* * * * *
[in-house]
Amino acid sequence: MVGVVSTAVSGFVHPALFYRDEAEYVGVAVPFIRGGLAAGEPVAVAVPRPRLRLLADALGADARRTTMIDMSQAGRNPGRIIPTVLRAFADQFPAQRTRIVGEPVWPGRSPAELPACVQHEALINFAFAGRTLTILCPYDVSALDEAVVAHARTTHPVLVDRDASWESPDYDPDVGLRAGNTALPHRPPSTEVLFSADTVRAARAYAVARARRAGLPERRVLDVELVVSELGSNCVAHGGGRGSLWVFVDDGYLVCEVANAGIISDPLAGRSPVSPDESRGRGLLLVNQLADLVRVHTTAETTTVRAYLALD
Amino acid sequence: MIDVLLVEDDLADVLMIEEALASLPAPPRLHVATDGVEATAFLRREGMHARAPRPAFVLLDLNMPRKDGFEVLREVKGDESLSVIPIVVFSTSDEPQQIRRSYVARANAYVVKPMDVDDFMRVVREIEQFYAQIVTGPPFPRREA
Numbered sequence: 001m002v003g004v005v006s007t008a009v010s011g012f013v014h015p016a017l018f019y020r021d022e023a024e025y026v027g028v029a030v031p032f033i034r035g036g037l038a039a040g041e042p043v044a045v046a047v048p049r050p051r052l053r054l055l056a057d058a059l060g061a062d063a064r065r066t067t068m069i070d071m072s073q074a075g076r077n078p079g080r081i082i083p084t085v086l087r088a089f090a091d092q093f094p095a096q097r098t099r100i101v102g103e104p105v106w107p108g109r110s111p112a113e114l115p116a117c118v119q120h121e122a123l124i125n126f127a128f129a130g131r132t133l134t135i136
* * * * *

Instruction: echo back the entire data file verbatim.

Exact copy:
[in-house]
Amino acid sequence: MVGVVSTAVSGFVHPALFYRDEAEYVGVAVPFIRGGLAAGEPVAVAVPRPRLRLLADALGADARRTTMIDMSQAGRNPGRIIPTVLRAFADQFPAQRTRIVGEPVWPGRSPAELPACVQHEALINFAFAGRTLTILCPYDVSALDEAVVAHARTTHPVLVDRDASWESPDYDPDVGLRAGNTALPHRPPSTEVLFSADTVRAARAYAVARARRAGLPERRVLDVELVVSELGSNCVAHGGGRGSLWVFVDDGYLVCEVANAGIISDPLAGRSPVSPDESRGRGLLLVNQLADLVRVHTTAETTTVRAYLALD
Amino acid sequence: MIDVLLVEDDLADVLMIEEALASLPAPPRLHVATDGVEATAFLRREGMHARAPRPAFVLLDLNMPRKDGFEVLREVKGDESLSVIPIVVFSTSDEPQQIRRSYVARANAYVVKPMDVDDFMRVVREIEQFYAQIVTGPPFPRREA
Numbered sequence: 001m002v003g004v005v006s007t008a009v010s011g012f013v014h015p016a017l018f019y020r021d022e023a024e025y026v027g028v029a030v031p032f033i034r035g036g037l038a039a040g041e042p043v044a045v046a047v048p049r050p051r052l053r054l055l056a057d058a059l060g061a062d063a064r065r066t067t068m069i070d071m072s073q074a075g076r077n078p079g080r081i082i083p084t085v086l087r088a089f090a091d092q093f094p095a096q097r098t099r100i101v102g103e104p105v106w107p108g109r110s111p112a113e114l115p116a117c118v119q120h121e122a123l124i125n126f127a128f129a130g131r132t133l134t135i136